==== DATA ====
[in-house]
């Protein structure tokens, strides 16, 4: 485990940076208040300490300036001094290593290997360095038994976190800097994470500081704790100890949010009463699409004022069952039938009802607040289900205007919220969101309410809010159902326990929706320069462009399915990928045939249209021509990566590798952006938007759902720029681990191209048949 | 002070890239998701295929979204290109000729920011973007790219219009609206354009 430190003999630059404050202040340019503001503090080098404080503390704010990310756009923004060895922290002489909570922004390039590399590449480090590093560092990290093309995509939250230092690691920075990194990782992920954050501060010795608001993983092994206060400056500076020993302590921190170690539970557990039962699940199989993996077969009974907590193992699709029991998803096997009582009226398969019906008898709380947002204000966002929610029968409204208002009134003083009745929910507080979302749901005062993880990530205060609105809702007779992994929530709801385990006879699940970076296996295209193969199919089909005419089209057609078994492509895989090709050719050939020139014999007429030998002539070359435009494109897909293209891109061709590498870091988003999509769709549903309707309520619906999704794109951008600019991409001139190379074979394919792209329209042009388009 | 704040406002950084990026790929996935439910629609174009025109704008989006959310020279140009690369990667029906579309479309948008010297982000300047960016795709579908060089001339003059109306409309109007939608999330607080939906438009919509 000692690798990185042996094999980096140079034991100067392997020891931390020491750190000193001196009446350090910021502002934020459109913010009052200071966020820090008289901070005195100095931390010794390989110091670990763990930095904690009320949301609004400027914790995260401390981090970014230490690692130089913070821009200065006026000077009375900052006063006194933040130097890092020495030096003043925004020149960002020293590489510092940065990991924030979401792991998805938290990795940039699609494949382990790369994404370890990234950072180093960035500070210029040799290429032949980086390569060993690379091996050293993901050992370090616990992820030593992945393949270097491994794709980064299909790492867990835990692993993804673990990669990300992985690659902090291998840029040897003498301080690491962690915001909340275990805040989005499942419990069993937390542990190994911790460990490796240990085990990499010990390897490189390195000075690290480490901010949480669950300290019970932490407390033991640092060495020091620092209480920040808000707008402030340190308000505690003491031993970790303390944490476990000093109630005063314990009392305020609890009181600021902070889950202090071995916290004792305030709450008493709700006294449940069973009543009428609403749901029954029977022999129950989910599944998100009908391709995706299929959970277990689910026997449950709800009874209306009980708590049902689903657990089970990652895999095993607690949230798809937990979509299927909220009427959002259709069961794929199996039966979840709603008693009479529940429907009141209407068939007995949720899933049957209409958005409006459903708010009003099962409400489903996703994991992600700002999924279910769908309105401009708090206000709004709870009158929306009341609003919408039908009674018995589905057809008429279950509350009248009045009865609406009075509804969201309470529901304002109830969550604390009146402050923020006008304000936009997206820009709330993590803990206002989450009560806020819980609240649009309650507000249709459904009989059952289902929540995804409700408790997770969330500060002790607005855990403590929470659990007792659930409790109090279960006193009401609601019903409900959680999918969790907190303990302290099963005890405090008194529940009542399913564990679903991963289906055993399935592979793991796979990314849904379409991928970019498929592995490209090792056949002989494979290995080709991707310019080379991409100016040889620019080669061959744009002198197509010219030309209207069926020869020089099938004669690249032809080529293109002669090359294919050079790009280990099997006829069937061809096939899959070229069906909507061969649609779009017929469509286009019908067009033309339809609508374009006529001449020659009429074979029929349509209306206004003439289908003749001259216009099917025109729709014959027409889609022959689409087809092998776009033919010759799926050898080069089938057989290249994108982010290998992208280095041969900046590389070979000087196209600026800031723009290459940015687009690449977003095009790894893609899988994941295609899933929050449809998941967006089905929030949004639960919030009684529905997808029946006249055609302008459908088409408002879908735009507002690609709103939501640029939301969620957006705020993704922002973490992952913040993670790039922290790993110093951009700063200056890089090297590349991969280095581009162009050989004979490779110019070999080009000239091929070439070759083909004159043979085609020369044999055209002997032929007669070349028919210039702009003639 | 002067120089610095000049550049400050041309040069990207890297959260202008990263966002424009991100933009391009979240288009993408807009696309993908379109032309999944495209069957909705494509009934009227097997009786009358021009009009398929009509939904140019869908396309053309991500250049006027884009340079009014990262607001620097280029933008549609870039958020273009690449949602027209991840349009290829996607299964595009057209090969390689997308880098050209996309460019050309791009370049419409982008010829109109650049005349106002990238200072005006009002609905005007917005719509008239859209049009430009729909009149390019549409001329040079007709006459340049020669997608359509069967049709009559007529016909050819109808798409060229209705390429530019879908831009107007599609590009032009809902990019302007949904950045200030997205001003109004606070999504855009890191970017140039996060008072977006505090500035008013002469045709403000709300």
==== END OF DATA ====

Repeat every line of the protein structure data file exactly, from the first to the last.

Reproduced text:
[in-house]
């Protein structure tokens, strides 16, 4: 485990940076208040300490300036001094290593290997360095038994976190800097994470500081704790100890949010009463699409004022069952039938009802607040289900205007919220969101309410809010159902326990929706320069462009399915990928045939249209021509990566590798952006938007759902720029681990191209048949 | 002070890239998701295929979204290109000729920011973007790219219009609206354009 430190003999630059404050202040340019503001503090080098404080503390704010990310756009923004060895922290002489909570922004390039590399590449480090590093560092990290093309995509939250230092690691920075990194990782992920954050501060010795608001993983092994206060400056500076020993302590921190170690539970557990039962699940199989993996077969009974907590193992699709029991998803096997009582009226398969019906008898709380947002204000966002929610029968409204208002009134003083009745929910507080979302749901005062993880990530205060609105809702007779992994929530709801385990006879699940970076296996295209193969199919089909005419089209057609078994492509895989090709050719050939020139014999007429030998002539070359435009494109897909293209891109061709590498870091988003999509769709549903309707309520619906999704794109951008600019991409001139190379074979394919792209329209042009388009 | 704040406002950084990026790929996935439910629609174009025109704008989006959310020279140009690369990667029906579309479309948008010297982000300047960016795709579908060089001339003059109306409309109007939608999330607080939906438009919509 000692690798990185042996094999980096140079034991100067392997020891931390020491750190000193001196009446350090910021502002934020459109913010009052200071966020820090008289901070005195100095931390010794390989110091670990763990930095904690009320949301609004400027914790995260401390981090970014230490690692130089913070821009200065006026000077009375900052006063006194933040130097890092020495030096003043925004020149960002020293590489510092940065990991924030979401792991998805938290990795940039699609494949382990790369994404370890990234950072180093960035500070210029040799290429032949980086390569060993690379091996050293993901050992370090616990992820030593992945393949270097491994794709980064299909790492867990835990692993993804673990990669990300992985690659902090291998840029040897003498301080690491962690915001909340275990805040989005499942419990069993937390542990190994911790460990490796240990085990990499010990390897490189390195000075690290480490901010949480669950300290019970932490407390033991640092060495020091620092209480920040808000707008402030340190308000505690003491031993970790303390944490476990000093109630005063314990009392305020609890009181600021902070889950202090071995916290004792305030709450008493709700006294449940069973009543009428609403749901029954029977022999129950989910599944998100009908391709995706299929959970277990689910026997449950709800009874209306009980708590049902689903657990089970990652895999095993607690949230798809937990979509299927909220009427959002259709069961794929199996039966979840709603008693009479529940429907009141209407068939007995949720899933049957209409958005409006459903708010009003099962409400489903996703994991992600700002999924279910769908309105401009708090206000709004709870009158929306009341609003919408039908009674018995589905057809008429279950509350009248009045009865609406009075509804969201309470529901304002109830969550604390009146402050923020006008304000936009997206820009709330993590803990206002989450009560806020819980609240649009309650507000249709459904009989059952289902929540995804409700408790997770969330500060002790607005855990403590929470659990007792659930409790109090279960006193009401609601019903409900959680999918969790907190303990302290099963005890405090008194529940009542399913564990679903991963289906055993399935592979793991796979990314849904379409991928970019498929592995490209090792056949002989494979290995080709991707310019080379991409100016040889620019080669061959744009002198197509010219030309209207069926020869020089099938004669690249032809080529293109002669090359294919050079790009280990099997006829069937061809096939899959070229069906909507061969649609779009017929469509286009019908067009033309339809609508374009006529001449020659009429074979029929349509209306206004003439289908003749001259216009099917025109729709014959027409889609022959689409087809092998776009033919010759799926050898080069089938057989290249994108982010290998992208280095041969900046590389070979000087196209600026800031723009290459940015687009690449977003095009790894893609899988994941295609899933929050449809998941967006089905929030949004639960919030009684529905997808029946006249055609302008459908088409408002879908735009507002690609709103939501640029939301969620957006705020993704922002973490992952913040993670790039922290790993110093951009700063200056890089090297590349991969280095581009162009050989004979490779110019070999080009000239091929070439070759083909004159043979085609020369044999055209002997032929007669070349028919210039702009003639 | 002067120089610095000049550049400050041309040069990207890297959260202008990263966002424009991100933009391009979240288009993408807009696309993908379109032309999944495209069957909705494509009934009227097997009786009358021009009009398929009509939904140019869908396309053309991500250049006027884009340079009014990262607001620097280029933008549609870039958020273009690449949602027209991840349009290829996607299964595009057209090969390689997308880098050209996309460019050309791009370049419409982008010829109109650049005349106002990238200072005006009002609905005007917005719509008239859209049009430009729909009149390019549409001329040079007709006459340049020669997608359509069967049709009559007529016909050819109808798409060229209705390429530019879908831009107007599609590009032009809902990019302007949904950045200030997205001003109004606070999504855009890191970017140039996060008072977006505090500035008013002469045709403000709300």